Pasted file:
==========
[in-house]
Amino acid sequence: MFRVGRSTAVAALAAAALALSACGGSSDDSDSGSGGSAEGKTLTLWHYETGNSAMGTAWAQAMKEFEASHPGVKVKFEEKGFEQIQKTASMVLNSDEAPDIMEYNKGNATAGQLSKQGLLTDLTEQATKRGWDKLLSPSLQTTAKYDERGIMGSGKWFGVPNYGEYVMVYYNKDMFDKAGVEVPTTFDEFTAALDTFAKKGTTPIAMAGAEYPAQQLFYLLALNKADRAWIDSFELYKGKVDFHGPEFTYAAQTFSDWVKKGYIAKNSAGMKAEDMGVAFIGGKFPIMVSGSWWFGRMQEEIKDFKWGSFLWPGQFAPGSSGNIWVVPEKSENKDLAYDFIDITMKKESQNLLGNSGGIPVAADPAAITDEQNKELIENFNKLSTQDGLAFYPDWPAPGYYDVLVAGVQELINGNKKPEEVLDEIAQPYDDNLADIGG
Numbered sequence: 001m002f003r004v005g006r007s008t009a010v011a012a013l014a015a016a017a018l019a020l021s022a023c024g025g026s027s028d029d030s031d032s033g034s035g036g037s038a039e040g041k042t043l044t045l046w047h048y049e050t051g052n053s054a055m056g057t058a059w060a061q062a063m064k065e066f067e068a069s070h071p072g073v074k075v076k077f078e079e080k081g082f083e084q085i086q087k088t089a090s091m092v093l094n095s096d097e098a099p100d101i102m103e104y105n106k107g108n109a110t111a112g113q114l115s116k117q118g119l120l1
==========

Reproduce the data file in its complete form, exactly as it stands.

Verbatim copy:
[in-house]
Amino acid sequence: MFRVGRSTAVAALAAAALALSACGGSSDDSDSGSGGSAEGKTLTLWHYETGNSAMGTAWAQAMKEFEASHPGVKVKFEEKGFEQIQKTASMVLNSDEAPDIMEYNKGNATAGQLSKQGLLTDLTEQATKRGWDKLLSPSLQTTAKYDERGIMGSGKWFGVPNYGEYVMVYYNKDMFDKAGVEVPTTFDEFTAALDTFAKKGTTPIAMAGAEYPAQQLFYLLALNKADRAWIDSFELYKGKVDFHGPEFTYAAQTFSDWVKKGYIAKNSAGMKAEDMGVAFIGGKFPIMVSGSWWFGRMQEEIKDFKWGSFLWPGQFAPGSSGNIWVVPEKSENKDLAYDFIDITMKKESQNLLGNSGGIPVAADPAAITDEQNKELIENFNKLSTQDGLAFYPDWPAPGYYDVLVAGVQELINGNKKPEEVLDEIAQPYDDNLADIGG
Numbered sequence: 001m002f003r004v005g006r007s008t009a010v011a012a013l014a015a016a017a018l019a020l021s022a023c024g025g026s027s028d029d030s031d032s033g034s035g036g037s038a039e040g041k042t043l044t045l046w047h048y049e050t051g052n053s054a055m056g057t058a059w060a061q062a063m064k065e066f067e068a069s070h071p072g073v074k075v076k077f078e079e080k081g082f083e084q085i086q087k088t089a090s091m092v093l094n095s096d097e098a099p100d101i102m103e104y105n106k107g108n109a110t111a112g113q114l115s116k117q118g119l120l1